Man who has London flat admits he makes more begging on the streets than he does by getting a job
Ed Stafford meets a man named Darren, who he believes to be homeless, in tonight’s Channel 4 programme 60 Days on the Streets.
But Darren soon admits that after he makes his money for the day – usually around £100 – he goes back to his Brixton flat for a shower and a warm meal.
On particularly fruitful days, he can make as much as £600 by targeting tipsy pub-goers who are feeling generous.
The supposed rough sleeper also admits to getting benefits, and admits it’s a more lucrative lifestyle than taking on an £8-an-hour cleaning job.
Ed, a former army captain and Amazon trekker, spent two months being homeless in Glasgow, Manchester, and London for the TV experiment, and this week’s episode sees him explore why so many homeless gravitate to the capital – and if they’re all genuine.
He also encounters Neil who claims to make £30 in half an hour begging and boasts of owning a two-bedroom house in Dartford.
‘I do feel a bit of a c*** not being homeless,’ he admits. ‘I’m a drug addict – I’ve got to feed it somehow.’
The episode doesn’t start off well for former soldier Ed, when some homeless men find out that he’s filming the documentary. Another woman shouts abuse at him for posing as a homeless man.
To begin with, he finds it tough to find anywhere to bed down for the night as the streets and doorways are all full of rough sleepers.
After two hours of searching he finds a vacant spot, but after waking up realises he sleeping where someone has urinated.
The next day he manages to befriend Darren who allows him to take a spot in Charing Cross with him.
Giving him tips about how to look after yourself on the street and how best to make money from strangers, they bond over how to make money and keep warm.
‘Make sure you position yourself against a wall, Darren says, ‘put your property behind you no one can steal it.’
‘If you get pound coins in your pot – take them out, otherwise people can take them.
Then take your shoes off and wrap your sleeping bag round your feet, with a magazine – its about creating a picture for people.’
Ed says: ‘Darren has taught me a lot – by painting a picture you really tug on some peoples heartstrings.’
Darren then boasts about how much money he’s made on the streets, saying: ‘The biggest donaters are the ones that have been to the pub, they give you silly money – I got £600 off one person.’
But Ed quickly finds out that Darren isn’t actually homeless, but has a flat in Brixton. Inviting him back to his flat for a shower and a hot meal he reveal why he still sleeps rough.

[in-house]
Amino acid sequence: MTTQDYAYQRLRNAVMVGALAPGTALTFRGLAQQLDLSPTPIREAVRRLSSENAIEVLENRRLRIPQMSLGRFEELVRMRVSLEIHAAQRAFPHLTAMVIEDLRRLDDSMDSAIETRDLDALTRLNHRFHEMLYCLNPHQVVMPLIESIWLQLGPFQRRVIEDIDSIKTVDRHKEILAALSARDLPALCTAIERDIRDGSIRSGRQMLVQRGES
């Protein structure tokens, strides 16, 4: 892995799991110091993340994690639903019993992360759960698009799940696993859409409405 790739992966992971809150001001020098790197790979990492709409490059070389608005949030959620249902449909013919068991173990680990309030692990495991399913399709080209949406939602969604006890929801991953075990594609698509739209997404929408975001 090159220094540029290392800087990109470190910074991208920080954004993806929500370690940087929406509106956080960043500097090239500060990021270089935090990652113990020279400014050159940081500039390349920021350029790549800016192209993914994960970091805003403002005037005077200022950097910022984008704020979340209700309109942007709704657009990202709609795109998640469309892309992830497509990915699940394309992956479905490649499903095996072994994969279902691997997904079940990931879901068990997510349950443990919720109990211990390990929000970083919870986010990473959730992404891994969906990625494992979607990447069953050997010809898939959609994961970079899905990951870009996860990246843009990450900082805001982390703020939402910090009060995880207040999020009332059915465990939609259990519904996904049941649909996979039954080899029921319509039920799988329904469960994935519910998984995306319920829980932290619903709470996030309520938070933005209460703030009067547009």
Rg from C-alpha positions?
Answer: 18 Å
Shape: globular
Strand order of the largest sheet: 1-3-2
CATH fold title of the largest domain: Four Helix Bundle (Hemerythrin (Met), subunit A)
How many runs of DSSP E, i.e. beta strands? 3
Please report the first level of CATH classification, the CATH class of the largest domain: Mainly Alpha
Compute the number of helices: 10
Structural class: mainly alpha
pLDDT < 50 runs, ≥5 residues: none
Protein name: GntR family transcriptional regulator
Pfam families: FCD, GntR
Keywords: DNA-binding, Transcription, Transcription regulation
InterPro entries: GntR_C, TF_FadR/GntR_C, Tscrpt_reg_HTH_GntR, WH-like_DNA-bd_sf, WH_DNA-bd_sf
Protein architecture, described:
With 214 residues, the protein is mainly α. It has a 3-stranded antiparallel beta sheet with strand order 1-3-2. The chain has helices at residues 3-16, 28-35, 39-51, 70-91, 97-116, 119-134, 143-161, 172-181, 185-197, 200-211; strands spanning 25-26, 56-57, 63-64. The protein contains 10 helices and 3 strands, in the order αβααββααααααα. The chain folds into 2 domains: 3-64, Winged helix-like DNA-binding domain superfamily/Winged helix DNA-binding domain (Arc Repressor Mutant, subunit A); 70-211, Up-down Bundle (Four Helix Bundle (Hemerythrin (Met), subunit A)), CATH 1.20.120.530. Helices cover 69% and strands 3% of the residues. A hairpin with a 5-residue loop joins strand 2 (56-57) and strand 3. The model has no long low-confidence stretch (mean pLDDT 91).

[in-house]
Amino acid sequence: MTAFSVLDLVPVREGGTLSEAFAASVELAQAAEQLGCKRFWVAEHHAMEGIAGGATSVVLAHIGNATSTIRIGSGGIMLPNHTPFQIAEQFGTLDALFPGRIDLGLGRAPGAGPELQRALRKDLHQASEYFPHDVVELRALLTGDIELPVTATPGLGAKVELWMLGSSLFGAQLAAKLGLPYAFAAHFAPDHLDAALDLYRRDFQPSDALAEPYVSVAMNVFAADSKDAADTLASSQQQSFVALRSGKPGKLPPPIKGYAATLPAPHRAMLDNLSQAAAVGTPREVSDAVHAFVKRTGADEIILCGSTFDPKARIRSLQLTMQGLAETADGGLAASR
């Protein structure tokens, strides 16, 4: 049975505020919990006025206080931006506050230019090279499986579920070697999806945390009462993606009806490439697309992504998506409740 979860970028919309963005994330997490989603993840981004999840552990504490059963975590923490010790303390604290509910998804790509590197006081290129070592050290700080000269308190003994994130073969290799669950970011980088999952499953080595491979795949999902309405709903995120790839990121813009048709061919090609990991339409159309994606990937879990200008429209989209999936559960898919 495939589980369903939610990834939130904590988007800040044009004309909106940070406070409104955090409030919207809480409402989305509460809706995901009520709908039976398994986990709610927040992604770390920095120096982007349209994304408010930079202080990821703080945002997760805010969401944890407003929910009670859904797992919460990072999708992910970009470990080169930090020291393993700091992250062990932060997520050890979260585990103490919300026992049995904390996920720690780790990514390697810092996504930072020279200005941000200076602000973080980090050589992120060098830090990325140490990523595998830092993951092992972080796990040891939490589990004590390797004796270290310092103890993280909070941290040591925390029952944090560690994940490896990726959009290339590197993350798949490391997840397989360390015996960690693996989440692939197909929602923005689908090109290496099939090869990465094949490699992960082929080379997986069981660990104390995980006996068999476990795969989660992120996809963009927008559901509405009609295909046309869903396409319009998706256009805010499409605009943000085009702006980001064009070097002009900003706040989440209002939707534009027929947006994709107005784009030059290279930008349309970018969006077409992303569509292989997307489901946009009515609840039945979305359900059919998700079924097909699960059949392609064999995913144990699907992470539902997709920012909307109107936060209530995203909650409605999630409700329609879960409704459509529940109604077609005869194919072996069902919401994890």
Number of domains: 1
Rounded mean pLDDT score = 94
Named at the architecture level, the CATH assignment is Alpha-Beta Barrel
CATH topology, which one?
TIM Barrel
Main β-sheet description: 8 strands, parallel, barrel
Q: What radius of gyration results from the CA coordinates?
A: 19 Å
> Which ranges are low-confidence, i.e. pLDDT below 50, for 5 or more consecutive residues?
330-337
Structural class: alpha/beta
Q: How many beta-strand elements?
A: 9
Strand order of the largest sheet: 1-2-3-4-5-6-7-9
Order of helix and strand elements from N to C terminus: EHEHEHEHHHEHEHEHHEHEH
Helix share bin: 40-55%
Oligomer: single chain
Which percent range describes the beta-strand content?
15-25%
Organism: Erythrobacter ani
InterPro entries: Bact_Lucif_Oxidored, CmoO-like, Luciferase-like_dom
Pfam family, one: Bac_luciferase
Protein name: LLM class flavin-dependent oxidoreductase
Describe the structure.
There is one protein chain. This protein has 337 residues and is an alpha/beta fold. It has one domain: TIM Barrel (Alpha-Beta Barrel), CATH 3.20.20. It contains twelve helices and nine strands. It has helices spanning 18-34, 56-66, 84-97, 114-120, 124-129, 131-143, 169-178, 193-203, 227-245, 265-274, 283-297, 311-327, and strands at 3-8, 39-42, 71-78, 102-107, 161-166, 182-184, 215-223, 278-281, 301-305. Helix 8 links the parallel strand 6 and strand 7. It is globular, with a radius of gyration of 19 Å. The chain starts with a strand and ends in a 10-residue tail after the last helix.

Darren: ‘A lot of people on the street are intentionally there. You can earn £100 in one day begging.
But the 47-year-old-man who was given the flat from a housing association when he left prison said his aim was to get a job and stop begging.
But he was quick to admit that jobs he had been offered only paid £8 an hour.
‘I’m sure people who have given Darren this money would be up in arms if they knew he was coming back to this flat every night, but he clearly wants to give up begging and get a job,’ Ed says.
He also meets Lee who is in and out of prison and has been living on the streets for the 18 months and his friend Neil who has a two-bed house in Dartford.
Elaborating on his colourful history, Neil says: ‘I used to drive for an armed robber – we got chased a few times. The one time I didn’t drive for them they got caught – he is now doing 35 years in prison.’
He adds: ‘I can make £30 in half an hour begging. The spot I share down there is with someone who is actually homeless – because I’m not. I have a two bedroom house – you can come round if you want to.’
Minutes later they’re heading off to Dartford with the £50 that Neil has earned from begging.
As they skip the train fare by walking through open barrier, Lee says it’s ‘the homeless way to travel’.
When they arrive in Dartford at Neil’s home, which appears to be a flat, he tells them to ‘excuse the mess’, saying: ‘I’m not very good at doing house work.’
They then make a phone call to order half a gram of heroin.
‘I found myself in a situation where Neil is injecting heroin in his house,’ Ed says.
‘It’s quite a difficult situation to go along with, but this is what life on the streets is like – if you get offered a sofa to sleep on you take it.’
The rest of the episode shows Ed meeting many other men who have turned to drink and drugs because of their homelessness status.
While he’s also amazed by how much food he gets offered, from pizza to sandwiches – he says he never goes hungry.
Last week Ed met A woman who says she used to be a child model who posed for M&S and Debenhams has revealed how her life unravelled after she chose to live with her drug addict mother, aged 13.